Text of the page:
Monday, November 12, 2018

The Stencilfied Journal Project

Back in May 2018, artist Tina Walker posted an idea about a Facebook group she was starting. The idea was to use StencilGirl stencils in a creative way, take chances, and try unusual materials. When I first tried stencils in my mixed media work, I discovered that I had a lot to learn. Way back in elementary and high school, I had occasionally used a stencil, but the effect was hard edged and, well...boring. After taking some mixed media classes, watching videos, and exchanging tips with other artists, I am now a stencilholic.

Starting on June 4, Tina posted the weekly prompt for the group. We could interpret the prompt any way we wanted, as long as we used Stencilgirl designs, and each week we shared our journal pages in the private Facebook group. The following week, we publicly posted our projects to social media with the hashtag #thestencilfiedjournal. We started with 16 prompts, but so many people loved the project that Tina added an extra eight, for a total of 24.

Here's my complete set of 24, along with the corresponding prompt card:

This journal page hung outside my window, 15 stories up, in the middle of NYC.

The leaf is on the right top. It was glued to the page with matte medium, then stenciled over with white and yellow paint.

Least favorite color? Royal blue.

Holes were poked with an awl and scissors. They were highlighted with gold embossing powder and hot pink silk.

My daughter created this page using her favorite color, and without any input or interference from me.

This journal spread documents my daily commute. I get on the subway in midtown NY at the Chrysler Building and travel to 149th Street in the Bronx, where I transform from a wife, mother, and artist to a healthcare worker. It also illustrates the recent change in my work location and job title. The spirals illustrate the subway tracks, the face are the hundreds of people I am in contact with every day, and the butterfly (middle right) indicates transformation.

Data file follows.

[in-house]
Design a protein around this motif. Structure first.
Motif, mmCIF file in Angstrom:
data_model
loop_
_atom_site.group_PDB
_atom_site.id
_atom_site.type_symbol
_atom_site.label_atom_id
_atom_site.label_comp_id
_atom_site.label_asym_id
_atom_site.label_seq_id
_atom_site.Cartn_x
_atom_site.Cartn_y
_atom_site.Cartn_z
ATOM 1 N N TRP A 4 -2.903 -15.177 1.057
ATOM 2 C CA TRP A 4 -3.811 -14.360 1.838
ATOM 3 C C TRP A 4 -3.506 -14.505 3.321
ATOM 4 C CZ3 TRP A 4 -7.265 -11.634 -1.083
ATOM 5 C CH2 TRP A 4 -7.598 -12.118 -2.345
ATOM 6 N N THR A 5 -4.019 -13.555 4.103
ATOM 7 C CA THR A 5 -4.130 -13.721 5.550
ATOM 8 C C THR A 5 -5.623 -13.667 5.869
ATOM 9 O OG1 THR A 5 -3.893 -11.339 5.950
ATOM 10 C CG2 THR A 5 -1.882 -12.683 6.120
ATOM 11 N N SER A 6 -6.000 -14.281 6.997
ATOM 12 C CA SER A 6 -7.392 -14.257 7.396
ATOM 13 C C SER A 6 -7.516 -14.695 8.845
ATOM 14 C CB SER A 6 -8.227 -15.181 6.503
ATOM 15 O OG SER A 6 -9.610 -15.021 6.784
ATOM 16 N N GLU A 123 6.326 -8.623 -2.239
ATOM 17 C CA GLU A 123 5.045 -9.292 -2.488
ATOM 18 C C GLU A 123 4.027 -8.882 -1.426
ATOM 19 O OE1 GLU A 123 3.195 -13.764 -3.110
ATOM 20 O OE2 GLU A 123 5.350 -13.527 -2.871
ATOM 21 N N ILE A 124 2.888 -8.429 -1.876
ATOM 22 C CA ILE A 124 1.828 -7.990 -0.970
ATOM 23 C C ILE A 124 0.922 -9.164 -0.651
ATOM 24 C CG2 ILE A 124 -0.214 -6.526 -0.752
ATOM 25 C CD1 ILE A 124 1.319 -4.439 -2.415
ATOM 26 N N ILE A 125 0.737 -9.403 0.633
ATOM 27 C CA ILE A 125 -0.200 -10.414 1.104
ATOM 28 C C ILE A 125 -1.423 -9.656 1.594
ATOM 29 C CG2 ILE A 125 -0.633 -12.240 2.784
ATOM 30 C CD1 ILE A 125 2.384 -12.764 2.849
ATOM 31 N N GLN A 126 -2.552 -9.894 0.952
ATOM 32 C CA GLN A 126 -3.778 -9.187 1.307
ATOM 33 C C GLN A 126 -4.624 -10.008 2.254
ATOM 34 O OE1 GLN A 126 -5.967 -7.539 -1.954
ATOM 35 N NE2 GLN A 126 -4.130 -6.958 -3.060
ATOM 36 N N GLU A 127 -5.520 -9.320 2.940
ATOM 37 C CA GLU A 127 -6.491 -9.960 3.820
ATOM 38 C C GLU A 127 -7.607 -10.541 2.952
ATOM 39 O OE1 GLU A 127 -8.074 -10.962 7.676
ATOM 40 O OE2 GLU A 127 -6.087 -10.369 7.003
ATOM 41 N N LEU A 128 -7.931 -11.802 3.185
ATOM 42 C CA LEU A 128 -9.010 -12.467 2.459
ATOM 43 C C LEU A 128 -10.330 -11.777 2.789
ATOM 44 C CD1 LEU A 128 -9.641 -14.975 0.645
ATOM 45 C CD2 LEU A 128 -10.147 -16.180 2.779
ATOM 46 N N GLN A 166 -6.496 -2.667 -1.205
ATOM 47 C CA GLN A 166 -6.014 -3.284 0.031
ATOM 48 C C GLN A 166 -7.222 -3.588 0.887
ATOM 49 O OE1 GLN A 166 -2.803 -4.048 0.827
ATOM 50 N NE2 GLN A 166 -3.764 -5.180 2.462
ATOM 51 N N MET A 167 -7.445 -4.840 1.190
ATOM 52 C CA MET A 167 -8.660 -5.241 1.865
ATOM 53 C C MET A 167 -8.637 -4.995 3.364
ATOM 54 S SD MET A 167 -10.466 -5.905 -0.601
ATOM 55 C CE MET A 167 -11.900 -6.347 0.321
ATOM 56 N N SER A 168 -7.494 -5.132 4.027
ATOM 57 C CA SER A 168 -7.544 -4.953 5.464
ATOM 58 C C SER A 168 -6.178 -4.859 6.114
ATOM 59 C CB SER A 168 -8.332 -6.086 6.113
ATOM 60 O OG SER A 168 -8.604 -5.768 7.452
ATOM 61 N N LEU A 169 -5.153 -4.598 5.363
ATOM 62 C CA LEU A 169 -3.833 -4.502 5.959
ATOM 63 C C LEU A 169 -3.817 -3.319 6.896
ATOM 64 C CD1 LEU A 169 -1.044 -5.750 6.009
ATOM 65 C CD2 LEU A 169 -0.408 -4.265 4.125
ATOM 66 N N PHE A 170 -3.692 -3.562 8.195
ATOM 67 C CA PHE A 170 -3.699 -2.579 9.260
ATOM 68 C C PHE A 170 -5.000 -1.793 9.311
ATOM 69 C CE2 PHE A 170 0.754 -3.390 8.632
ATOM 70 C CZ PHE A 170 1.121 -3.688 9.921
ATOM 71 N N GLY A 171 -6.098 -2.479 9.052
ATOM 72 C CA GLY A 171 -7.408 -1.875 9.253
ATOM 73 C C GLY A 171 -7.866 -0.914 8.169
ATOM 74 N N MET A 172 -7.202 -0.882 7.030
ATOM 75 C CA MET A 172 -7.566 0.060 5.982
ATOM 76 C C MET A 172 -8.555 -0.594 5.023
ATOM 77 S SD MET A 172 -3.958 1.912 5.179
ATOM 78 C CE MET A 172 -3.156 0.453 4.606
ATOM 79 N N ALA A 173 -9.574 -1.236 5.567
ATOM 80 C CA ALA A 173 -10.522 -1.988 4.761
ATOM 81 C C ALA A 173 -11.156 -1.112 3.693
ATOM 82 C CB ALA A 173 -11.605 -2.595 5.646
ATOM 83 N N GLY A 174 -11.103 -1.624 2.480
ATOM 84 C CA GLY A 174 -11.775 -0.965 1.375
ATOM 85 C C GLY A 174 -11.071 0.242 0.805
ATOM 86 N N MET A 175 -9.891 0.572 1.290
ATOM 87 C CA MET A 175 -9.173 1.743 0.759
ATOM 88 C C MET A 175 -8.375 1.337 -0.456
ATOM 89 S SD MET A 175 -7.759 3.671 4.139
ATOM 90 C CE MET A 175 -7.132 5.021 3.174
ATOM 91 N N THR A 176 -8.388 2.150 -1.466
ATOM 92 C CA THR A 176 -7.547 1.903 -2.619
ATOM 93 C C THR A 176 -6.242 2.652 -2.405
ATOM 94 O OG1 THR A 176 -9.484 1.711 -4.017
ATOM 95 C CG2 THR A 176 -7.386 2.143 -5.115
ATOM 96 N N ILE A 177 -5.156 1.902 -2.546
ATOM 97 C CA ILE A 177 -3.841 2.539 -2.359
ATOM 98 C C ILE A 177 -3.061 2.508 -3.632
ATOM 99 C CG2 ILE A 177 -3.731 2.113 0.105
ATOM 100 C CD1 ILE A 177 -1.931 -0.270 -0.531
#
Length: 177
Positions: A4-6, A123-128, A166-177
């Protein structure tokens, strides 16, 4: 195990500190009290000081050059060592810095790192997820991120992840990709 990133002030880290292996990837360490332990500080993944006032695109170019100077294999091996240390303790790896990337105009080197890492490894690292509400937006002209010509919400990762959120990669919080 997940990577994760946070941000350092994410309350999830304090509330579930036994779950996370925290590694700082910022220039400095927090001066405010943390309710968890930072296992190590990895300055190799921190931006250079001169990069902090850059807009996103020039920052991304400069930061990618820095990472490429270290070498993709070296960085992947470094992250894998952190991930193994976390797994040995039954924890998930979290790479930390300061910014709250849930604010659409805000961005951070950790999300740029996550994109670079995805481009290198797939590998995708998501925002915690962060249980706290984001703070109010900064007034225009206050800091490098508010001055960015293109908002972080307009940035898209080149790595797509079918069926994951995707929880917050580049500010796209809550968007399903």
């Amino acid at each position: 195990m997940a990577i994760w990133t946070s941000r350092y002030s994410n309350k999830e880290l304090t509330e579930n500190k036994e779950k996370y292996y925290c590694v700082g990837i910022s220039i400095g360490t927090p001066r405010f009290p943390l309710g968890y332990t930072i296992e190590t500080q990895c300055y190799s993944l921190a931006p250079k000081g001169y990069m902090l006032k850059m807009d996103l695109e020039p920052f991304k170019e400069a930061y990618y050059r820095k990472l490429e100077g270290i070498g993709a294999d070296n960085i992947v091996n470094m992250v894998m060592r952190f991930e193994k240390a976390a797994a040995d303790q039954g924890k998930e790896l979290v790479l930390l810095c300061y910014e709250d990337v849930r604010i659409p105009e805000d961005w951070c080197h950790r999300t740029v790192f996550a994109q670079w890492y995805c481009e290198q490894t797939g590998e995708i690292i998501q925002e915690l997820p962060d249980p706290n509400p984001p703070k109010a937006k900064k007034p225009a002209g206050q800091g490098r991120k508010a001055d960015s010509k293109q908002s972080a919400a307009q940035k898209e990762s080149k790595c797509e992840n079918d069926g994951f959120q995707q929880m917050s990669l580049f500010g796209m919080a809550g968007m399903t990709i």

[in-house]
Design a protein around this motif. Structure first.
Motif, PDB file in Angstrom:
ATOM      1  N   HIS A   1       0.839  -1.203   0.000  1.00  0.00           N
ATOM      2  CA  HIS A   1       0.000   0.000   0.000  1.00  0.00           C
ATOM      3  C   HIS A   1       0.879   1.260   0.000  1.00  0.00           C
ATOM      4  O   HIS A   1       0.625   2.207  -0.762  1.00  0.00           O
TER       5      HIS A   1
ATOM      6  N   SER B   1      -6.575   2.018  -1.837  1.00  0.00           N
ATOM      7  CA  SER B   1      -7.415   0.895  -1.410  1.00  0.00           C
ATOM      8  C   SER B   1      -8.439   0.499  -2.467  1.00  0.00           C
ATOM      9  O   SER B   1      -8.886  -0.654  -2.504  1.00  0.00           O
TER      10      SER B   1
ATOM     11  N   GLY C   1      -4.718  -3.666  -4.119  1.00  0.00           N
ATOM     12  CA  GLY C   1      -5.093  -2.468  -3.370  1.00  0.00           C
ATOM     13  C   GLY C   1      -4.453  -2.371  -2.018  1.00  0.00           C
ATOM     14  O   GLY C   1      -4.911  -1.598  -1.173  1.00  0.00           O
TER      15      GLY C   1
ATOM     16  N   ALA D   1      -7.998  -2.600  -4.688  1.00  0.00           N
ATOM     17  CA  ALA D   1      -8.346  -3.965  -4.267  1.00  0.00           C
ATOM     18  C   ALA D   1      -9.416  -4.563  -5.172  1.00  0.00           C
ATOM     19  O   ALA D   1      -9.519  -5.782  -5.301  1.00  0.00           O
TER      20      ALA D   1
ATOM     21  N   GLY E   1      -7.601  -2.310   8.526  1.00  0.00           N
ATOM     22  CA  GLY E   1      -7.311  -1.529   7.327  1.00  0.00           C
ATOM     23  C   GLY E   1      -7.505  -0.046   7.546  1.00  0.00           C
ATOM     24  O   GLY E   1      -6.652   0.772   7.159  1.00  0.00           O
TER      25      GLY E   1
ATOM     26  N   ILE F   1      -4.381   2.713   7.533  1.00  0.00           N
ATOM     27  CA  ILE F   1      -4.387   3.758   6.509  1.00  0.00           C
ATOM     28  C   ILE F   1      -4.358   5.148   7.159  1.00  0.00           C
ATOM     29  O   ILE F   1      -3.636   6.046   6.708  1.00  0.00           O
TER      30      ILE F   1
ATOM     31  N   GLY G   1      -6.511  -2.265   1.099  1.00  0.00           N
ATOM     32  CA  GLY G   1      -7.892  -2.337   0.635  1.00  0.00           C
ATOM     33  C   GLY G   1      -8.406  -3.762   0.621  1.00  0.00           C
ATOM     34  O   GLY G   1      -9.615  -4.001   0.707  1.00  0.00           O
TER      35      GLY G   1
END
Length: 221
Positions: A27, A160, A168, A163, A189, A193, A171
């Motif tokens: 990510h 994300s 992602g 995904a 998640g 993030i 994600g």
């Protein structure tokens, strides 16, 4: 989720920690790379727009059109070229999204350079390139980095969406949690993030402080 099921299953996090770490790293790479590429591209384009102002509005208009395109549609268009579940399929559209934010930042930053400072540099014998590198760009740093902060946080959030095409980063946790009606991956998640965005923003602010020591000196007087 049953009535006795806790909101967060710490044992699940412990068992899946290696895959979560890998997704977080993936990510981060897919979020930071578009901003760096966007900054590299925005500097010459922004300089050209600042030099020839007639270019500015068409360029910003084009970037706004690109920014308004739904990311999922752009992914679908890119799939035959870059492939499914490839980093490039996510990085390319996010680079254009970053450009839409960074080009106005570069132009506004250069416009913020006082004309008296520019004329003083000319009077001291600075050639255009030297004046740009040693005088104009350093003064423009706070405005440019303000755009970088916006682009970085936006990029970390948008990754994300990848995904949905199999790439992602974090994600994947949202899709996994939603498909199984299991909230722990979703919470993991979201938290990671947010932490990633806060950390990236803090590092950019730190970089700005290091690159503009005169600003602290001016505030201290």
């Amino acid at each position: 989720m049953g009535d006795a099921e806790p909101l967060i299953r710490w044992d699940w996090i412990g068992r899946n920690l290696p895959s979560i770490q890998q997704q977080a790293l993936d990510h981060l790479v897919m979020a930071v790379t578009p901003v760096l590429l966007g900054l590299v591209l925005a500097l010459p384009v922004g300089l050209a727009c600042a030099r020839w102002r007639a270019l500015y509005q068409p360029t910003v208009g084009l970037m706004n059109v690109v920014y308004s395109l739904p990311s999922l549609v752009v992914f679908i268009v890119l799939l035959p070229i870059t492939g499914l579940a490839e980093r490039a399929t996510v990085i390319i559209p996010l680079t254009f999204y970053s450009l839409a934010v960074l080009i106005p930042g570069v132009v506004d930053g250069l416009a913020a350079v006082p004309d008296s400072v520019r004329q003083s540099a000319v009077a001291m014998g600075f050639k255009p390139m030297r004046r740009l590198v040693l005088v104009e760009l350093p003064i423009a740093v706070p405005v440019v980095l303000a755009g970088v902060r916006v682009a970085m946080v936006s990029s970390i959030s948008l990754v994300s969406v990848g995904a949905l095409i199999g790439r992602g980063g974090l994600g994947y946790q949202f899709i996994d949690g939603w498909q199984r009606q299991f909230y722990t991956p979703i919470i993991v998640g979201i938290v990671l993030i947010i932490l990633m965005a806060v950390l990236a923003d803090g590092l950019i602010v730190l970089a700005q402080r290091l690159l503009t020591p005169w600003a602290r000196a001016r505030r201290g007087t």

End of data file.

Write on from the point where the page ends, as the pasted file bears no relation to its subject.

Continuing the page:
After hanging out my window for weeks, there was very little wear and tear on the page. Only the bottom right corner was worn away from rubbing on the nearby brick. I added a beautiful StencilClub fluer de lis designed by Gwen Lafluer and some blue dots to illustrate the rainstorms that the page survived.

The journal cover fell apart after the soak in coffee. I tried gluing it back together, but it was never quite right, so I eventually made a new cover.

On top of the magenta clog print, I added a vintage image of a woman, a Nathalie Kalbach floral stencil, and my own hand-carved  spiral dot stamp, plus the word "dare" from a Gwen Lafluer Deco alphabet stencil.

The under layer has lines, numbers, and handwritten words documenting significant years in my personal history. I painted over much of the background with white gesso, then added my own hand and a favorite quote by Kaitlyn Walsh.

The used envelope is on the left side. Peeking through the envelope window is some "scrappy" fabric that I made from leftover fabric and thread scraps.

The blue color and tile-inspired stencils reminded me of a pool. A swimming figure from a magazine photo was added, along with more paint and colored pencil to give the feeling of waves.

Art is magic, and the embossing powder adds even more of a magical feeling to the page.

Stars were made from staples on yellow sticky notes, and white dots were punched from index cards.

Nine and ones were my numbers of choice, because they're my birthday numbers.

My daughter stenciled the words in just the right places.

Beet juice gave the pink color, and chlorella powder, mixed with water, made a beautiful green.
There is some beet juice in the background and chlorella green, plus indigo and sepia ink.

Many sizes and colors of washi tape was added to a background of white stencils on recycled teabags. Gold embossed stencils were added, alnong with an old postcard of Mata Hari and some decorative coins.

Last but not least, I decided to create a new journal cover to replace the one that fell apart when I dipped my journal in coffee. Fortunately the pages were stitched together and were okay, aside from some coffee stains up the spine and some indigo ink that was not permanent.

For the new cover, I cut some heavy cardboard a little larger that the length, width, and thickness of the pages. I used my own fabric (designed by me and printed at Spoonflower) for the binding and cover, and salvaged a piece of grunged, stenciled, and embossed paper and from the inside flap of the old journal. The new cover melds the pattern mixing of my own fabric designs with my textural stenciled work.

The Stencilfied Journal project has been one of my favorites. I "met" new artists in the group, I thought outside the box, I tried things that seemed crazy but I pushed myself to take a chance and did them anyway. Not only did I grow as an artist, I also made a lot of beautiful art that I love and am proud of.